• while lysis of sheep red blood cells (Negative CFT) indicates the absence of antibody in the serum
Complement Fixation Test in Microtiter Plate, rows 1 and 2 exhibit complement fixation obtained with acute and convalescent phase serum specimens, respectively. (2-fold serum dilutions were used) The observed 4-fold increase is significant and indicates infection.
Complement Fixation Test in Microtiter Plate, rows 1 and 2 exhibit complement
fixation obtained with acute and convalescent phase serum specimens,
respectively. (2-fold serum dilutions were used) The observed 4-fold increase
is significant and indicates infection.

Notes:  All reagents must be free of anticomplementary activity, the correct quantity of complement must be added, and the control specimens must react as expected.

Materials required for Quality Control

  1. Known positive antibody or antigen
  2. Known negative antibody or antigen
  3. Serum control without antigen (to detect anticomplementary activity)
  4. Antigen controls without serum (to detect anticomplementary activity)
  5. Tissue control (the cells or tissue in which the antigen was prepared)
  6. Buffer control without antigen or antibody
  7. Back titration of complement to document the use of 5CH50 units

Controls should be used along with the test to ensure that

  • Antigen and serum are not anti complimentary
  • The appropriate amount of complement is used and
  • The sheep red blood cells do not undergo autolysis

Advantages of Complement Fixation Test

  1. Ability to screen against a large number of viral and bacterial infections at the same time.
  2. Economical

Disadvantages of Complement Fixation Test

  1. Not sensitive – cannot be used for immunity screening
  2. Time consuming and labor intensive
  3. Often non-specific e.g. cross-reactivity between HSV and VZV

For more information (Bibliography):

Hsiung GD. Diagnostic Virology. Ed. 3. New Haven, CT: Yale University Press, 1982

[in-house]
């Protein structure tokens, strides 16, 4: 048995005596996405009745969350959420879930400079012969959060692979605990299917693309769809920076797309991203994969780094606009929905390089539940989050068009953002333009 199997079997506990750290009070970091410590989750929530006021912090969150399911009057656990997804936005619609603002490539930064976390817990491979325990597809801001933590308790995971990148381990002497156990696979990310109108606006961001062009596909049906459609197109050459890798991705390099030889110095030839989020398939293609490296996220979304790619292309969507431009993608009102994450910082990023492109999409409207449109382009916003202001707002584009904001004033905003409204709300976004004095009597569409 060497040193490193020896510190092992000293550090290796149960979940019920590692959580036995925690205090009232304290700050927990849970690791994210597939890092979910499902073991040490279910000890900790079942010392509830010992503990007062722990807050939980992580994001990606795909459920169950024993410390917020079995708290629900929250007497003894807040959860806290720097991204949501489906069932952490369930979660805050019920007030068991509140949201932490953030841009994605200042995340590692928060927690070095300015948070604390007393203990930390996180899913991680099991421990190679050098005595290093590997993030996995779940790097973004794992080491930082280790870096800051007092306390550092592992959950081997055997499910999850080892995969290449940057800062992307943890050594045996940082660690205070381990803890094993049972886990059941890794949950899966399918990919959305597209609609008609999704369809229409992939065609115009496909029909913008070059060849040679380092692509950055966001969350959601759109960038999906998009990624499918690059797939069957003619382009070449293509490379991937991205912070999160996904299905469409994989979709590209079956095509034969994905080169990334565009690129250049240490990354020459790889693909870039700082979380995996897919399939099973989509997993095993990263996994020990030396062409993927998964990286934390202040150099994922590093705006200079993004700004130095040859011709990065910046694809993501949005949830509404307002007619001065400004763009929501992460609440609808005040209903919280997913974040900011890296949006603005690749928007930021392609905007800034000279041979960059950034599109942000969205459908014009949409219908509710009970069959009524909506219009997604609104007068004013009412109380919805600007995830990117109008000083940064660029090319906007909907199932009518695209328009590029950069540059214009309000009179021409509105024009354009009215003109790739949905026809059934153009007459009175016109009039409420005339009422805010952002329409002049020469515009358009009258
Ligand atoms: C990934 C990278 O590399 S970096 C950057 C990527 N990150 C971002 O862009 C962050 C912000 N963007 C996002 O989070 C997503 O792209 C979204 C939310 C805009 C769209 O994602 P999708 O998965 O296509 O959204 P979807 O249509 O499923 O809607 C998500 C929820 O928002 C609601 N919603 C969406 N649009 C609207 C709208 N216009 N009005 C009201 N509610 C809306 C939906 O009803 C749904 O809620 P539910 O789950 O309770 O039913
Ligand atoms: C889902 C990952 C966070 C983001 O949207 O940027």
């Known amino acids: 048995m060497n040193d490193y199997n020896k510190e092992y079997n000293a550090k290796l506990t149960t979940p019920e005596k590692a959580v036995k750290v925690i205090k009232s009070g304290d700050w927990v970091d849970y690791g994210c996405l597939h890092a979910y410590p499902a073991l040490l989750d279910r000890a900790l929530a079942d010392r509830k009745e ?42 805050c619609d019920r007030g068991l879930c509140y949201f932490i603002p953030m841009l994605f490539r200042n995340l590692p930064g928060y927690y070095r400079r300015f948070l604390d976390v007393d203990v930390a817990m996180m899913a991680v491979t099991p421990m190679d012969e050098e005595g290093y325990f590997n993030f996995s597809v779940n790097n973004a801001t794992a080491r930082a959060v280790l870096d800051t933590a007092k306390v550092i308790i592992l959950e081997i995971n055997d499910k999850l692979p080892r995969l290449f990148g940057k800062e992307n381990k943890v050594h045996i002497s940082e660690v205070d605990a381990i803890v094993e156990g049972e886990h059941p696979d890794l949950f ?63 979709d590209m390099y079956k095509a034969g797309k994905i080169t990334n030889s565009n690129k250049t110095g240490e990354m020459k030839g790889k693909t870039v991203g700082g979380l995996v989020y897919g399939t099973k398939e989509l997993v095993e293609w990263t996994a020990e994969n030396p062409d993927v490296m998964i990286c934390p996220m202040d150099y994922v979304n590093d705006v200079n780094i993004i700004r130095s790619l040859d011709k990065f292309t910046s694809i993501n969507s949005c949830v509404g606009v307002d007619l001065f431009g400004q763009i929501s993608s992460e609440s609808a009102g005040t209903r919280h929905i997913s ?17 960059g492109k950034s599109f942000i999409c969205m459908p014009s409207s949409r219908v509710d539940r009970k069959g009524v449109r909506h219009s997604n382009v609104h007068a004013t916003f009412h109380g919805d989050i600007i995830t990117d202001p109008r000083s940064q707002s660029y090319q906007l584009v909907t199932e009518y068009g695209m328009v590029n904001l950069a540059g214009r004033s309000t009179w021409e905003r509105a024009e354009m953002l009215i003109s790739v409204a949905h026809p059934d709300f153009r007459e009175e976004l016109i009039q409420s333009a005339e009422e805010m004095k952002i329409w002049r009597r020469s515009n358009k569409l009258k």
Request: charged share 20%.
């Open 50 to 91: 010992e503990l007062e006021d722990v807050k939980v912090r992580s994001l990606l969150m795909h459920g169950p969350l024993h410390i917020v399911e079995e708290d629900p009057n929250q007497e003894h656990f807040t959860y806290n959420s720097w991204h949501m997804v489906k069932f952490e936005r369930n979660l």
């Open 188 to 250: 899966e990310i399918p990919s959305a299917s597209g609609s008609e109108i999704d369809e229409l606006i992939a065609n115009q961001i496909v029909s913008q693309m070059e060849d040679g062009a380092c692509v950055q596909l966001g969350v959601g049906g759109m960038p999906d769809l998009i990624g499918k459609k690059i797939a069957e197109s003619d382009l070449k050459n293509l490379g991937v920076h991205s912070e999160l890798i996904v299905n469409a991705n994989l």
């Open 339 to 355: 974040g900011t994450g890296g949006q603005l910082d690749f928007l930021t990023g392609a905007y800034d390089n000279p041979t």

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12 thoughts on “Complement Fixation Test: Principle, Procedure and Results

  1. hi i agree with your article and have been doing this test for many years now, its still lingers on for some diseases as they cannot be interpreted by any other methodology yet. Can you please comment on a particular problem. the Tissue control (parainfluenza) for an antigen that is a constant problem for non-specific response on antigen responding patients

     
  2. thank you very much for your short and brief discription about CFT, i write this comment because of i have see confusion on your 2nd step(indicator stage) is there antibody in the second option(2)? you have written that “if there is antibody in the patient’s serum”, please if you can explain by pictures. thank you

     
    1. Tankeshwar Acharya

      - Edit

      Reply

      Thank you so much for pointing the error. The error has been corrected. I hope to get similar feedback from you in upcoming days too.

       
    1. Tankeshwar Acharya

      - Edit

      Reply

      The purpose of using RBC is for indicator stage. Reactive and Non-reactive test (i.e. presence or absence of Ab) is determined by hemolysis (or no hemolysis). We need RBC which can be hemolysed on this test conditions and RBC of the sheep is the good match (we use sheep blood to make Blood Agar too; you can find out more here why we use sheep blood (which is previous) compared with expired human blood).

       
    1. Tankeshwar Acharya

      - Edit

      Reply

      Dear Anderson, patient’s serum is heated at 56°C for 30 minutes to inactivate endogenous complement which may disturb the test calibration. After that we use standardized complement.